18 July 2018 | Herpreet Kaur Grewal
The nation is wasting the talents of more than a million people aged over 50 who are out of work but would be willing to work if the right opportunity arose or if employers offered flexible working, says the Women and Equalities Committee.
Its report, published this week, states that people in later life are "often playing many different roles in society, but those who wish to work should not face the current barriers of discrimination, bias and outdated employment practices".
Discrimination, which was made unlawful more than 10 years ago, is the root cause of this problem, says the report. It calls on the government "to be clearer that prejudice, unconscious bias and casual ageism in the workplace are all unlawful under the Equality Act 2010".
Among other points, the report recommends that recruitment agencies should "accept greater responsibility, collecting data on where older workers are being excluded and developing a plan of action to remove discrimination from the recruitment process".
It states: "Transparency is being used with some success to challenge discrimination in other areas, such as the gender pay gap, and we would like to see it extended to older workers through reporting of the age profile of workforces."
It also says the "business case for an age-diverse workforce is clear" but despite this, "employers continue to organise workplaces around an outdated, inflexible model that this inquiry, and our past inquiries into fathers in the workplace and the gender pay gap, show no longer works".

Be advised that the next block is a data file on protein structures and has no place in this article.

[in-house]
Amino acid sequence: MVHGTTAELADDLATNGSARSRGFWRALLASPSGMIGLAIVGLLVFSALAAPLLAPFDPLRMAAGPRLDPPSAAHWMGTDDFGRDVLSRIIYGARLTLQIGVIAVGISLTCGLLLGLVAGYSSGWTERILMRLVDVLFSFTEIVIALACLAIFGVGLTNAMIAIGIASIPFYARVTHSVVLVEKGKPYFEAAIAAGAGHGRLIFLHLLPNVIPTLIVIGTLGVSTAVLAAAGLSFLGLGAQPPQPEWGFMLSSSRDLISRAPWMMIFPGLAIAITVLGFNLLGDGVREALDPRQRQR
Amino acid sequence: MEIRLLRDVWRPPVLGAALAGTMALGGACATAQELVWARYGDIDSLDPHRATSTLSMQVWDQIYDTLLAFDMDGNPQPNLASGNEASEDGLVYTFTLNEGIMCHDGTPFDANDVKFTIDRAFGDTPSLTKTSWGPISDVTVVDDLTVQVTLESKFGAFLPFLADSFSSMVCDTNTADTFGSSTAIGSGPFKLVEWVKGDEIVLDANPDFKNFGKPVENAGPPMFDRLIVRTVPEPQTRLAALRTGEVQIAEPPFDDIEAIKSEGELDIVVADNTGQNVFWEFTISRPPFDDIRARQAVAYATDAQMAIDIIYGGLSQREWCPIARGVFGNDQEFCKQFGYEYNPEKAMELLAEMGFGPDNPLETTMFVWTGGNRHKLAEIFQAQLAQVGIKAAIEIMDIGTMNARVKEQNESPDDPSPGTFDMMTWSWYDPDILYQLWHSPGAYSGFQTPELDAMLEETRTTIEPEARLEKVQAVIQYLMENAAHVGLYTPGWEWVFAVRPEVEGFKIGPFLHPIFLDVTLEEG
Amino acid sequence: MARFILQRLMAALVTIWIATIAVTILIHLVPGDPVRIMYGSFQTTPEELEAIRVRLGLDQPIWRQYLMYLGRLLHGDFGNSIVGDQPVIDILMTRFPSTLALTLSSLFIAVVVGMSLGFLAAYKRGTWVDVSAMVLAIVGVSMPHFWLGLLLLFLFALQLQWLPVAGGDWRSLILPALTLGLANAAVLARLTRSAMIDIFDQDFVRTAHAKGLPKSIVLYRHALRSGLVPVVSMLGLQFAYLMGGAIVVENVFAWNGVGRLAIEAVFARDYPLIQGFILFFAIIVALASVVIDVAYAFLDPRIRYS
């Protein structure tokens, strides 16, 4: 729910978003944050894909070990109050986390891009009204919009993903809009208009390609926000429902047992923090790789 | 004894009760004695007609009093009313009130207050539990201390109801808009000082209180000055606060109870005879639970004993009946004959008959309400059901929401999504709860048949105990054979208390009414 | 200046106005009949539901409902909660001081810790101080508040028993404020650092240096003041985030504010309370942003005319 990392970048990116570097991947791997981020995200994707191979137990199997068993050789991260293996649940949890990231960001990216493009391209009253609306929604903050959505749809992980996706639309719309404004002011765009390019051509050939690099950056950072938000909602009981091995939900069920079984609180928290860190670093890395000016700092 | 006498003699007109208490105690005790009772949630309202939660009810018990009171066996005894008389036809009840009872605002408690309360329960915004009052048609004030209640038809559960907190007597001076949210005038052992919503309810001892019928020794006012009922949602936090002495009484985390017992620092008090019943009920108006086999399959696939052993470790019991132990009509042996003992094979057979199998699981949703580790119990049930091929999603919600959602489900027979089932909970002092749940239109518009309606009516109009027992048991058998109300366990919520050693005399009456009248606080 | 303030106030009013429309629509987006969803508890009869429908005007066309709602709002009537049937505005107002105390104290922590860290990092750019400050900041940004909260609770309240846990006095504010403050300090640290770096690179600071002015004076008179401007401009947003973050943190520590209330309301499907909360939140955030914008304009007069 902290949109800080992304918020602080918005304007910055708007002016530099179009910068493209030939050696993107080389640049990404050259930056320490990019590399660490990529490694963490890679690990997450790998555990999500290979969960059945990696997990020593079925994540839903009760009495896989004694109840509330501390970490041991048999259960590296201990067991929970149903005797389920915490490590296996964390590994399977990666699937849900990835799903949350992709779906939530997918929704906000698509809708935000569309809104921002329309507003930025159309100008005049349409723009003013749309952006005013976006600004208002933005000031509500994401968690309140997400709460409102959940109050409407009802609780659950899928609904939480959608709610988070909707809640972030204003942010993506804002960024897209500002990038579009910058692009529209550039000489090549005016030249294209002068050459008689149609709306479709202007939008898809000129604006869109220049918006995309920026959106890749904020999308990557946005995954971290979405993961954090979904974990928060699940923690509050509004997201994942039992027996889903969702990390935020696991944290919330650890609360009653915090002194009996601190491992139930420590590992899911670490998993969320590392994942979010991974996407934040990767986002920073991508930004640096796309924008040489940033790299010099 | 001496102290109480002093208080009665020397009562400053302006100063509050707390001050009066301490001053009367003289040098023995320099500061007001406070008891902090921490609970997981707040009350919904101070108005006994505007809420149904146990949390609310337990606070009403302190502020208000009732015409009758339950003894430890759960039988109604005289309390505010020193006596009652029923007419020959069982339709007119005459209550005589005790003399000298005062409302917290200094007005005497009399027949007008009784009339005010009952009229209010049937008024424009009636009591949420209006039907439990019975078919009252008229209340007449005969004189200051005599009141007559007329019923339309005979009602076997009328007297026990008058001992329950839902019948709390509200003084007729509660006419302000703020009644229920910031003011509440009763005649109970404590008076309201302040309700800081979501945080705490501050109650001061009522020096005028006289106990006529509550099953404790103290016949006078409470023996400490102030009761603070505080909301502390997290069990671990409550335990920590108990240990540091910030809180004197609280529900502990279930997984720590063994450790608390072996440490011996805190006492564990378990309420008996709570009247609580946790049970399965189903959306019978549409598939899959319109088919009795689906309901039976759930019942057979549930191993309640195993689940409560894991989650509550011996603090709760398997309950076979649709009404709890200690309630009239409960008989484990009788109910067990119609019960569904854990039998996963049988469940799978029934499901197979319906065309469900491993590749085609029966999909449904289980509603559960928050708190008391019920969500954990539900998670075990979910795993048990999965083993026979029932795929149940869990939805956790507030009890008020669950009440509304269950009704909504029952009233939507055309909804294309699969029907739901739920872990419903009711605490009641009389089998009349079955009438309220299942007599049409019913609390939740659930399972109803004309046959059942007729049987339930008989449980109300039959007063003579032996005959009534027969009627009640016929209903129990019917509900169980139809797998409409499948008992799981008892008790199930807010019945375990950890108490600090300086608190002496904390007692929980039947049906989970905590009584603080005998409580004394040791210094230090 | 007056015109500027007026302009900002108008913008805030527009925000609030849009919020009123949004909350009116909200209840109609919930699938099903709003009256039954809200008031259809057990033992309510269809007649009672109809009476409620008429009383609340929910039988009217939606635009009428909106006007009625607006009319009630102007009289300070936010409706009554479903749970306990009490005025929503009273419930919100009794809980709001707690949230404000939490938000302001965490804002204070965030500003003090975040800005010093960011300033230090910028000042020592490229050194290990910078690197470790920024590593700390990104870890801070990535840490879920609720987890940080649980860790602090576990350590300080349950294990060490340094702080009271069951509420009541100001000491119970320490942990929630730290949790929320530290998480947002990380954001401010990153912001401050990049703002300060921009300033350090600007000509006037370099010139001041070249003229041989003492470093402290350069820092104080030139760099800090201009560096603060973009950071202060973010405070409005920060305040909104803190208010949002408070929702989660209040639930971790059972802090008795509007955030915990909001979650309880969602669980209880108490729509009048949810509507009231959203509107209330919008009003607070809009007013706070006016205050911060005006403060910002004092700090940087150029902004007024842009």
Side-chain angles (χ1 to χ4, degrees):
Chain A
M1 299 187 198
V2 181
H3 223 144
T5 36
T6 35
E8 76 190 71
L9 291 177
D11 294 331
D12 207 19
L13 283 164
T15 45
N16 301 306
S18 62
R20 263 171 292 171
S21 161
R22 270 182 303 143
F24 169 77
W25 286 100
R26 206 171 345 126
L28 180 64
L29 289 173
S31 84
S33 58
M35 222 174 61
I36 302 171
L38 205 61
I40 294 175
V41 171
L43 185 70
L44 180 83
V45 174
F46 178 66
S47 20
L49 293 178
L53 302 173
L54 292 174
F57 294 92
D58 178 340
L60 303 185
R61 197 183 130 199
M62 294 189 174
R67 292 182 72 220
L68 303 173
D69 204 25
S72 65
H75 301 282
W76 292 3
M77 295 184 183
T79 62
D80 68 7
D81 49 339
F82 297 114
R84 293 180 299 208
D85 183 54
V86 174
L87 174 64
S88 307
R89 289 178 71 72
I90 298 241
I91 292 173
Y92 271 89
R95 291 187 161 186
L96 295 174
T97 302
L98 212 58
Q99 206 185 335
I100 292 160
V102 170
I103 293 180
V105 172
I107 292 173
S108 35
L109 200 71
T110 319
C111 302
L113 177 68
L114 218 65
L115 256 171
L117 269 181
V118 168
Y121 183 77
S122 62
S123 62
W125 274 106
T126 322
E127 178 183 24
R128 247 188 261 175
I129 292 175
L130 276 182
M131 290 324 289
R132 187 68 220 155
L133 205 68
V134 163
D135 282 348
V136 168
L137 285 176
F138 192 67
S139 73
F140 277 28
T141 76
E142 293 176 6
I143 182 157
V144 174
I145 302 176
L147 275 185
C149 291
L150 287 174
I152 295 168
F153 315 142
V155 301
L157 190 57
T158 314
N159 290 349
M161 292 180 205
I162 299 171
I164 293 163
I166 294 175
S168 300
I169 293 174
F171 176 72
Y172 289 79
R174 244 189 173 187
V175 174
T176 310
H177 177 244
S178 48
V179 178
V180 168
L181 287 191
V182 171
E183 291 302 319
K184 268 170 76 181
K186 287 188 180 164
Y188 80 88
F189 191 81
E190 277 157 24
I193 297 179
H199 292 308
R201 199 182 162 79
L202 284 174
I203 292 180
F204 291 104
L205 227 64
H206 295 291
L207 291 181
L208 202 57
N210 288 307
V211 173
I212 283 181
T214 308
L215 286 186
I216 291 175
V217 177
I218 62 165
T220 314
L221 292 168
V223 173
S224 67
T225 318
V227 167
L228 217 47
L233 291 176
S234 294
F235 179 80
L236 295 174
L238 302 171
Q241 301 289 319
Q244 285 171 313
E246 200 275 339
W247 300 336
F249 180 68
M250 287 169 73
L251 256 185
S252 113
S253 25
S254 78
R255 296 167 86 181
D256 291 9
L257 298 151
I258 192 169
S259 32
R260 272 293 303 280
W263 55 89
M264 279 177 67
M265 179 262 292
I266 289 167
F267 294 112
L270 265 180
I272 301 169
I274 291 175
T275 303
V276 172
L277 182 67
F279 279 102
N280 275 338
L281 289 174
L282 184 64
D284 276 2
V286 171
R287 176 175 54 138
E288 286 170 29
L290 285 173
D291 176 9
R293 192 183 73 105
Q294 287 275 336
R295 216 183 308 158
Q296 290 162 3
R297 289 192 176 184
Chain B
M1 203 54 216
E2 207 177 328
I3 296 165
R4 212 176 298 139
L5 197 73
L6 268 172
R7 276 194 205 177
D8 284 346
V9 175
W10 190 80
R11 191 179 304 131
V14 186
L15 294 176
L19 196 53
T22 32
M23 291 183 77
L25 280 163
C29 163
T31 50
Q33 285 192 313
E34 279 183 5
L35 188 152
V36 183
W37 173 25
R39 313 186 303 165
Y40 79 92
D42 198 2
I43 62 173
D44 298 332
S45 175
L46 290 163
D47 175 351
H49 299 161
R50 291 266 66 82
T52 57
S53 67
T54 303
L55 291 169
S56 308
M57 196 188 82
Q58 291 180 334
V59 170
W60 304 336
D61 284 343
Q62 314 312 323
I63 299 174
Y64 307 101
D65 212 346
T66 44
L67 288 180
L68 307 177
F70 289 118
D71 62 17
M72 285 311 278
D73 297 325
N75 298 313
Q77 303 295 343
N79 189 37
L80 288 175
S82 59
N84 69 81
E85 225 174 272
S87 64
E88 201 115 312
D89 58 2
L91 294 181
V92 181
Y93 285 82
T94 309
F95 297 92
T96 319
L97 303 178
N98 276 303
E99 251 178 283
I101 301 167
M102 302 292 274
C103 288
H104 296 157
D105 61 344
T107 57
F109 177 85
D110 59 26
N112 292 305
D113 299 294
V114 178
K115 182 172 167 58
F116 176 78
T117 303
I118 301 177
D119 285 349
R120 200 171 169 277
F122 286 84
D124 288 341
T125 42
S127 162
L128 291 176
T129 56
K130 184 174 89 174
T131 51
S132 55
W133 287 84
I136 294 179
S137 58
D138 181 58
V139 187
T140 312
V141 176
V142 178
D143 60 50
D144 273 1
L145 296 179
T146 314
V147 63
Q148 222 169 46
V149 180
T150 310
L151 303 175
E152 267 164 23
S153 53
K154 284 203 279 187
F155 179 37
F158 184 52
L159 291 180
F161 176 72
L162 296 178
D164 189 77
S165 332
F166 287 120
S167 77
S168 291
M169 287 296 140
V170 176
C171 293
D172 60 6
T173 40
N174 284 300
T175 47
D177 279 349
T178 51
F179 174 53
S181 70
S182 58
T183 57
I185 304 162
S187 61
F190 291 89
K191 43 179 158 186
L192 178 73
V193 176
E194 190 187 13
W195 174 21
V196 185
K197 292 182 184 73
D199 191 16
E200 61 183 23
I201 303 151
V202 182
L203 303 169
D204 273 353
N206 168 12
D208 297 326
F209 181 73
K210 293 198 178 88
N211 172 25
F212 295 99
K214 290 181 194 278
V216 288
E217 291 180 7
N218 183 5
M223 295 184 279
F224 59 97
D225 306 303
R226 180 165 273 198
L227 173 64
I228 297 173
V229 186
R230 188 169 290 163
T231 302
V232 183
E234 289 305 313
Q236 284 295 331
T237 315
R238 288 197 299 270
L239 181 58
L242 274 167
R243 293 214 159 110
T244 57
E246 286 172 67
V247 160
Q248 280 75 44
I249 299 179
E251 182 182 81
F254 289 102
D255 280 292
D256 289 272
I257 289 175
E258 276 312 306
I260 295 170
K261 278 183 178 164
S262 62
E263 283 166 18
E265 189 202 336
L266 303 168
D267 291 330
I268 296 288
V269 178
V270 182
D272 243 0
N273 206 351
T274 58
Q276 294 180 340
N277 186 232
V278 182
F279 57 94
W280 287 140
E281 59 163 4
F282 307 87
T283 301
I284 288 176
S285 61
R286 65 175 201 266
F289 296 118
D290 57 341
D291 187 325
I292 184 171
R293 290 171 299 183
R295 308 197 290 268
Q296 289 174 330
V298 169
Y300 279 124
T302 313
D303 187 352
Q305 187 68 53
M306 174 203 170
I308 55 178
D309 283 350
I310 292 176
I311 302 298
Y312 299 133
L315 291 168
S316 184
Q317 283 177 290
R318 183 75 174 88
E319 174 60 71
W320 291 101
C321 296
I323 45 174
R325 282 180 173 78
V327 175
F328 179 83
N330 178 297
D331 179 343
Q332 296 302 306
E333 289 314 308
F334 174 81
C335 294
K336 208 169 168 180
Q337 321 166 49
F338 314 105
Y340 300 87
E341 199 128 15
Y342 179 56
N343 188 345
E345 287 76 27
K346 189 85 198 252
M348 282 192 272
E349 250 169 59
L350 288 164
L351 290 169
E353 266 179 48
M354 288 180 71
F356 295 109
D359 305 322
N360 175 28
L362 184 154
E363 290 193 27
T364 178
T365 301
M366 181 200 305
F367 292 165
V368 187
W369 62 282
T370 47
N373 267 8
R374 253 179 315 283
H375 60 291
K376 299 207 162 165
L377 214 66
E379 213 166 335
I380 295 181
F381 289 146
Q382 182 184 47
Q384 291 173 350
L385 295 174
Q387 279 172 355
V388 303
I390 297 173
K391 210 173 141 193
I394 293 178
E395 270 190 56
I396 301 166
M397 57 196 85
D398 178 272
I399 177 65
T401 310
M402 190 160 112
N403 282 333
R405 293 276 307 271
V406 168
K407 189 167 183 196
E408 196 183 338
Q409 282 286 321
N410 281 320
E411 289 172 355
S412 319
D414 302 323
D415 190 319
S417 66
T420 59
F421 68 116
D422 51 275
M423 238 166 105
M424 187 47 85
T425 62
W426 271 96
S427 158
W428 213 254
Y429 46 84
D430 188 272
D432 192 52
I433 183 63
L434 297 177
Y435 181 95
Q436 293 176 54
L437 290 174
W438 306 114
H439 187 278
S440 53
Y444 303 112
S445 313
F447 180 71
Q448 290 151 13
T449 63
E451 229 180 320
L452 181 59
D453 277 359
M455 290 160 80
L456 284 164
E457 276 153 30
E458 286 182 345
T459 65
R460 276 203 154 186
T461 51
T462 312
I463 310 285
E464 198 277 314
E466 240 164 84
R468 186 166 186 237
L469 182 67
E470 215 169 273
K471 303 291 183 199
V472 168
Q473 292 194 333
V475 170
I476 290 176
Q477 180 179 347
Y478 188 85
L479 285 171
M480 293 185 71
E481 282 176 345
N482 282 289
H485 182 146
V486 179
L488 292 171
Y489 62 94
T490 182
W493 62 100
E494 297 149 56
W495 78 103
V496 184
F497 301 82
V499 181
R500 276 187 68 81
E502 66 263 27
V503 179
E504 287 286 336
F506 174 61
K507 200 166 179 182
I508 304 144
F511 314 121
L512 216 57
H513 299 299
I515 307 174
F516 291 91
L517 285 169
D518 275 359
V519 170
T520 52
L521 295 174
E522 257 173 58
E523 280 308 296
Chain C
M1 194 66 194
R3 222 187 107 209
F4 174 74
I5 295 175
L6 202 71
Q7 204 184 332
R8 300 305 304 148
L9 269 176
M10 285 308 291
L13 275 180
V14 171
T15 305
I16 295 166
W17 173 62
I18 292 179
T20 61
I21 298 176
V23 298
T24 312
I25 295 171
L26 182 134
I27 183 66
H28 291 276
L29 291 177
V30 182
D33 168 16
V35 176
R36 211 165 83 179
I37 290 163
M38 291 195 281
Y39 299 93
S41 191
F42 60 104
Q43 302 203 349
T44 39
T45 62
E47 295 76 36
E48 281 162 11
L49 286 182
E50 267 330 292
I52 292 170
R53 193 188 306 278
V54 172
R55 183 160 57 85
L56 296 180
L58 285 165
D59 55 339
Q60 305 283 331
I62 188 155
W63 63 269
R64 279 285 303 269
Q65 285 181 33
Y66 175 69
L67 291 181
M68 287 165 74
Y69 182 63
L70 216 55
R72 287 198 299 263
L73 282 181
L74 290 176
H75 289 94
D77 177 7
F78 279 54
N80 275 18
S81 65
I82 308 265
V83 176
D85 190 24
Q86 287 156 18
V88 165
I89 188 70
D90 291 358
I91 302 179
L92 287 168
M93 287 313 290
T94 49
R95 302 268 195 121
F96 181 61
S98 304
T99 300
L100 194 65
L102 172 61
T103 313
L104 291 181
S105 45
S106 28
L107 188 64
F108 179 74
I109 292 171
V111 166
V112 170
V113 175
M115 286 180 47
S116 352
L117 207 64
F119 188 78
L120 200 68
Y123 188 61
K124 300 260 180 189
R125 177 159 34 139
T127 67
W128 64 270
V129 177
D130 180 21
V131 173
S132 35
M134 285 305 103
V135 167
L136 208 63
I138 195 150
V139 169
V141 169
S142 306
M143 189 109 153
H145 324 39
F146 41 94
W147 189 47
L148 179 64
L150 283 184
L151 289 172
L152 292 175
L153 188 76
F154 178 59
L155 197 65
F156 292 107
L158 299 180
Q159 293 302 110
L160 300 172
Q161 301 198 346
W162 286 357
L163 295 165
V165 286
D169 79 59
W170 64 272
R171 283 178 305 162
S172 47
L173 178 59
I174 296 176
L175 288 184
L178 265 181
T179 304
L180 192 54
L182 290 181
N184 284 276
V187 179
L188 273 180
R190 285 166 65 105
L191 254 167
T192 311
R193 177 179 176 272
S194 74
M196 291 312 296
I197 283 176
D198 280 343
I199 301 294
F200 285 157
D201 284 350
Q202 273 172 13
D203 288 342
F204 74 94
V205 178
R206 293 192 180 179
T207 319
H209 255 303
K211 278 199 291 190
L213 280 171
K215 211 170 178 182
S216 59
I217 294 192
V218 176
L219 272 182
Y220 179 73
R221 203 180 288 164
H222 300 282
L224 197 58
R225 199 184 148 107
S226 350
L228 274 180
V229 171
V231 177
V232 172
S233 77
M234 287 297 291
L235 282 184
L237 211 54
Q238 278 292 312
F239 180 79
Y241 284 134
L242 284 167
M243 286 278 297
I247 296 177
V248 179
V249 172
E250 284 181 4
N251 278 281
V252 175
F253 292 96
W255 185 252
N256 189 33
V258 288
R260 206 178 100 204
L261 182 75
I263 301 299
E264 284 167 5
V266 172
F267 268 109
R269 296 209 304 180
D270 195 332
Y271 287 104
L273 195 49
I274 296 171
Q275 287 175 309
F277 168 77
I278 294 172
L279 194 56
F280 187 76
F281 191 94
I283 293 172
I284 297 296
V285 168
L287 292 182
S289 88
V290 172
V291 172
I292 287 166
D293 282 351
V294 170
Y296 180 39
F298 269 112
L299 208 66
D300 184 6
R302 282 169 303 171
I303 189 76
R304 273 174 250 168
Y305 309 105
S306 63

"More needs to be done to make connections between government strategies and local employer support, and between the business case and business practice," states the committee.
"There are practical changes that all employers should be making. The importance and benefits of flexible working have been brought to our attention on a number of occasions, but too many employers are not making this work in practice. It is time for a mandatory approach.
"We recommend that flexible working be the default from the time jobs are advertised onwards. Many older workers often take on a range of caring responsibilities. The government should therefore introduce a statutory entitlement to five days' paid carer's leave, and a longer period of unpaid leave, to help stop those caring for a loved one falling out of the labour market unnecessarily.
"We know that creating the conditions for an age-diverse workplace can be a challenge for employers, especially small and medium enterprises that do not have dedicated human resources departments and easy access to expert advice.
"The government's employer-led approach can help with this, and we recommend that the government work with the Business Champion for Older Workers to develop an employer-led mentoring service for businesses who want to adapt but struggle to do so in their particular context. The public sector should also take the lead in adapting to the new realities of an ageing workforce," the committee adds.